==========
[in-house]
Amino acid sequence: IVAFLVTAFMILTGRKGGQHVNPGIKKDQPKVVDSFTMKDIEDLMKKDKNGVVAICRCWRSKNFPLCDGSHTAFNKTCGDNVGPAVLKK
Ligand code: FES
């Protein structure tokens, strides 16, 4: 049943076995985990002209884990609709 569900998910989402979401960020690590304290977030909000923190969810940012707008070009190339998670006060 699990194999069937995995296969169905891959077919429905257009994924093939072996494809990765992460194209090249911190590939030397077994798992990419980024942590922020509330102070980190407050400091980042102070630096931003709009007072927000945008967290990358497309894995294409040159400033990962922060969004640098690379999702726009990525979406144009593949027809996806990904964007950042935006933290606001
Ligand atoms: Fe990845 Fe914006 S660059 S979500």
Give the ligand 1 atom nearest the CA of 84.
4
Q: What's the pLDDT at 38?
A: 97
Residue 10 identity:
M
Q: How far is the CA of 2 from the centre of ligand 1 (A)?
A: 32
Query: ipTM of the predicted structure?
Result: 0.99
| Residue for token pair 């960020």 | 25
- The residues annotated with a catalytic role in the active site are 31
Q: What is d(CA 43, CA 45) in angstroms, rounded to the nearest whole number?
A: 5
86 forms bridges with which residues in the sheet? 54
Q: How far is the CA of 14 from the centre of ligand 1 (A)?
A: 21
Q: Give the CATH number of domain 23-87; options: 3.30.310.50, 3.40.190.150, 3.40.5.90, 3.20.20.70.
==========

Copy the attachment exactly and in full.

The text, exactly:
[in-house]
Amino acid sequence: IVAFLVTAFMILTGRKGGQHVNPGIKKDQPKVVDSFTMKDIEDLMKKDKNGVVAICRCWRSKNFPLCDGSHTAFNKTCGDNVGPAVLKK
Ligand code: FES
């Protein structure tokens, strides 16, 4: 049943076995985990002209884990609709 569900998910989402979401960020690590304290977030909000923190969810940012707008070009190339998670006060 699990194999069937995995296969169905891959077919429905257009994924093939072996494809990765992460194209090249911190590939030397077994798992990419980024942590922020509330102070980190407050400091980042102070630096931003709009007072927000945008967290990358497309894995294409040159400033990962922060969004640098690379999702726009990525979406144009593949027809996806990904964007950042935006933290606001
Ligand atoms: Fe990845 Fe914006 S660059 S979500």
Give the ligand 1 atom nearest the CA of 84.
4
Q: What's the pLDDT at 38?
A: 97
Residue 10 identity:
M
Q: How far is the CA of 2 from the centre of ligand 1 (A)?
A: 32
Query: ipTM of the predicted structure?
Result: 0.99
| Residue for token pair 């960020």 | 25
- The residues annotated with a catalytic role in the active site are 31
Q: What is d(CA 43, CA 45) in angstroms, rounded to the nearest whole number?
A: 5
86 forms bridges with which residues in the sheet? 54
Q: How far is the CA of 14 from the centre of ligand 1 (A)?
A: 21
Q: Give the CATH number of domain 23-87; options: 3.30.310.50, 3.40.190.150, 3.40.5.90, 3.20.20.70.